Sydney Motorsport Park is a pretty unique track compared to most others in Australia. Turn one is by far the quickest bend in the country, and it’s definitely a track that needs to be driven at speed before a driver can really work out their best plan of attack. The main thing standing between Paul and his goal was ironically time. Seat time that is. The handful of complete laps that were recorded were both full of traffic and ‘messy’ by Paul’s own account. Having a ‘glass half full’ kind of attitude the view is simply that there’s more room for improvement in 2017.
Ultimately the team ended up 19th out of 30 cars in the Open class with a best lap of 1:37.221, a massive 8-second improvement on their previous fastest lap at Sydney Motorsport Park. Not only that, but Paul cracked his personal top speed in the car – 283km/h to be exact.
The guys were all pretty chuffed with that. When the team wasn’t busy getting the Datto out for it’s next session they were being treated like rock stars by both the crowd and competitors alike. It seemed like just about every one who attended WTAC was eager to let the boys know what a fantastic job they’d done putting the 240Z together and how fantastic it sounded as it belted down the start/finish straight.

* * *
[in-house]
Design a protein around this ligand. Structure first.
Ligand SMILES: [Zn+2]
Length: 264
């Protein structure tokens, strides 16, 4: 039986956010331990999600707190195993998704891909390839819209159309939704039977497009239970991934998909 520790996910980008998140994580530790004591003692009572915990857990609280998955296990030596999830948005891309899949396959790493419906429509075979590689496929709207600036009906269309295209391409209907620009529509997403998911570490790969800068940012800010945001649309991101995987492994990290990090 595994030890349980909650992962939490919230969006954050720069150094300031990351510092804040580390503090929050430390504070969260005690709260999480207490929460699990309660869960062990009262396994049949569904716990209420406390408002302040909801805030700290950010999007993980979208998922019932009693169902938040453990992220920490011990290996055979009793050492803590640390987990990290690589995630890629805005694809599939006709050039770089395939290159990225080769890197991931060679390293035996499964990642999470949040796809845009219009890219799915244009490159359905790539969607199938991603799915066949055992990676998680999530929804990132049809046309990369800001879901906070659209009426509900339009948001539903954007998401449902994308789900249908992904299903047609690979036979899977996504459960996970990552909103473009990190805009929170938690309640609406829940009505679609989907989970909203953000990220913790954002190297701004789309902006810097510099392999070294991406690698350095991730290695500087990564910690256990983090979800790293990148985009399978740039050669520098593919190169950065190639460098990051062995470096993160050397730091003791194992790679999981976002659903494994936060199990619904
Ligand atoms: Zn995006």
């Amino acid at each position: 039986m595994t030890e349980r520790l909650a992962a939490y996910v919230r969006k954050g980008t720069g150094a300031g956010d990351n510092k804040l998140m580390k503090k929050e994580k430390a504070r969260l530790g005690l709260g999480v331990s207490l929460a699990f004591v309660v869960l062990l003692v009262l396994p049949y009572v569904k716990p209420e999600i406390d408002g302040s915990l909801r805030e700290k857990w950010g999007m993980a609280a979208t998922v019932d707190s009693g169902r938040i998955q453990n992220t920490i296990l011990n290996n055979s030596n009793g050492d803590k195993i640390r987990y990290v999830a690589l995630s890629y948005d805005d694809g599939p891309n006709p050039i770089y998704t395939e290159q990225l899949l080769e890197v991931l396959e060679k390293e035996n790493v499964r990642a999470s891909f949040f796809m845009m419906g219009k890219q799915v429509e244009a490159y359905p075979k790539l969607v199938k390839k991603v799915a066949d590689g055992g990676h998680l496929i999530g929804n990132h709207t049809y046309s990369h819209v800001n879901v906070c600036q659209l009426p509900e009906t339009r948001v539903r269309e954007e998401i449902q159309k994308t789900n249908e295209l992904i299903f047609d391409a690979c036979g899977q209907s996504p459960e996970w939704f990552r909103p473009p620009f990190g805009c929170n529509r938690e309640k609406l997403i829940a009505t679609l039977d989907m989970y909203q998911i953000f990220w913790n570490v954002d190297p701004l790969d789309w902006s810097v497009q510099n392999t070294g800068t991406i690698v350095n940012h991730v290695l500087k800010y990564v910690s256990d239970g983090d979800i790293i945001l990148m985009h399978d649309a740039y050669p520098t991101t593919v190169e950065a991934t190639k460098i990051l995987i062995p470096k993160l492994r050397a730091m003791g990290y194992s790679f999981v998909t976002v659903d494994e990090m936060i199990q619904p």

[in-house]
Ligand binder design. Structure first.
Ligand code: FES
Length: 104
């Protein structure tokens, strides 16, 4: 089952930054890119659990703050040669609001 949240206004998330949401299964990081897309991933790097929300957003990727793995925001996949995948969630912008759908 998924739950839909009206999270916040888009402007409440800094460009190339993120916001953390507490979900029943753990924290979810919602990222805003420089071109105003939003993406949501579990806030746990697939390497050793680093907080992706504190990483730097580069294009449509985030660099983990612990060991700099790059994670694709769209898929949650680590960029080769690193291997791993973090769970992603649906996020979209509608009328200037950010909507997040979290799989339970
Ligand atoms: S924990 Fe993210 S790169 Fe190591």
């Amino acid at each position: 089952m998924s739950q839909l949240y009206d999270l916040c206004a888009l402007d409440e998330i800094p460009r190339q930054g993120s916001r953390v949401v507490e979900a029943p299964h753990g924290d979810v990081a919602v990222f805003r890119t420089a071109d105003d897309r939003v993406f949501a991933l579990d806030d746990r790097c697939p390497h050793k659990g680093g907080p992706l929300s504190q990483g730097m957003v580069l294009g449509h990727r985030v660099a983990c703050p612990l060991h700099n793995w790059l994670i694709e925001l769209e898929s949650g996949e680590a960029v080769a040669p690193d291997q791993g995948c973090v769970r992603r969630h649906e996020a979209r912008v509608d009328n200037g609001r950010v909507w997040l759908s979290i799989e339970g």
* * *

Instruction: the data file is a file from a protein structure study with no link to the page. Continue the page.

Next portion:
While they didn’t manage to crack under 1:35, the whole team were still stoked with both their efforts on the track and also the warm Sydney reception regarding the build. Not to mention, they also had bucket loads of fun along the way. They team rated their 2016 as a massive success and are already planning on how to achieve that 1:35 when they return in 2017.
Paul would like to extend his gratitude to the following suppliers for their assistance during the build: Custom and Classic Cars, PMC Race engines, HGT Precision gearboxes, Hi-Octane, Les Collins Racing, Jazmac Performance, MadDat Motorsport, Hypertune, Raw Brokerage